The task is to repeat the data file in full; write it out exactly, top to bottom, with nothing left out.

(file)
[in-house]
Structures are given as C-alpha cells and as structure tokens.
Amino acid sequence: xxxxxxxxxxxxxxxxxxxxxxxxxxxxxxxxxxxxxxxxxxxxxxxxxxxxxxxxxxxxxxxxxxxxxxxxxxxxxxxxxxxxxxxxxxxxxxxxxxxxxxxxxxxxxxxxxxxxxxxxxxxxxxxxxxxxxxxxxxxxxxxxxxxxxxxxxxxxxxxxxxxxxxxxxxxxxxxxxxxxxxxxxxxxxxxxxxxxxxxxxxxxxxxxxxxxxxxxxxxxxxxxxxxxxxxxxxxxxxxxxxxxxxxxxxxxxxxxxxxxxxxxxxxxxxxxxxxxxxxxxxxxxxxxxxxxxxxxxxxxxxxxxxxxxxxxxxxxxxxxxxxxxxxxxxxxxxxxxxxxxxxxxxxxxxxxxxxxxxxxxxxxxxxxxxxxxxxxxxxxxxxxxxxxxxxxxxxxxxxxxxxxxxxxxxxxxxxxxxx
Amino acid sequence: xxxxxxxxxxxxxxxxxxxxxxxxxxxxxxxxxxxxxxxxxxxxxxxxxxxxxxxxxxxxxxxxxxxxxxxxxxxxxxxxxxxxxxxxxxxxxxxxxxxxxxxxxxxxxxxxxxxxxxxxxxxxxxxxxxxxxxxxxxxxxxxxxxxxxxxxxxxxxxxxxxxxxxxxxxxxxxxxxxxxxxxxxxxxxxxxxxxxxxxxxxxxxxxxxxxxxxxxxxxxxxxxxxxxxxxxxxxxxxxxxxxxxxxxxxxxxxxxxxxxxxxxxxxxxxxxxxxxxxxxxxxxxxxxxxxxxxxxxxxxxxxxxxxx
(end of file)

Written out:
[in-house]
Structures are given as C-alpha cells and as structure tokens.
Amino acid sequence: xxxxxxxxxxxxxxxxxxxxxxxxxxxxxxxxxxxxxxxxxxxxxxxxxxxxxxxxxxxxxxxxxxxxxxxxxxxxxxxxxxxxxxxxxxxxxxxxxxxxxxxxxxxxxxxxxxxxxxxxxxxxxxxxxxxxxxxxxxxxxxxxxxxxxxxxxxxxxxxxxxxxxxxxxxxxxxxxxxxxxxxxxxxxxxxxxxxxxxxxxxxxxxxxxxxxxxxxxxxxxxxxxxxxxxxxxxxxxxxxxxxxxxxxxxxxxxxxxxxxxxxxxxxxxxxxxxxxxxxxxxxxxxxxxxxxxxxxxxxxxxxxxxxxxxxxxxxxxxxxxxxxxxxxxxxxxxxxxxxxxxxxxxxxxxxxxxxxxxxxxxxxxxxxxxxxxxxxxxxxxxxxxxxxxxxxxxxxxxxxxxxxxxxxxxxxxxxxxxx
Amino acid sequence: xxxxxxxxxxxxxxxxxxxxxxxxxxxxxxxxxxxxxxxxxxxxxxxxxxxxxxxxxxxxxxxxxxxxxxxxxxxxxxxxxxxxxxxxxxxxxxxxxxxxxxxxxxxxxxxxxxxxxxxxxxxxxxxxxxxxxxxxxxxxxxxxxxxxxxxxxxxxxxxxxxxxxxxxxxxxxxxxxxxxxxxxxxxxxxxxxxxxxxxxxxxxxxxxxxxxxxxxxxxxxxxxxxxxxxxxxxxxxxxxxxxxxxxxxxxxxxxxxxxxxxxxxxxxxxxxxxxxxxxxxxxxxxxxxxxxxxxxxxxxxxxxxxxx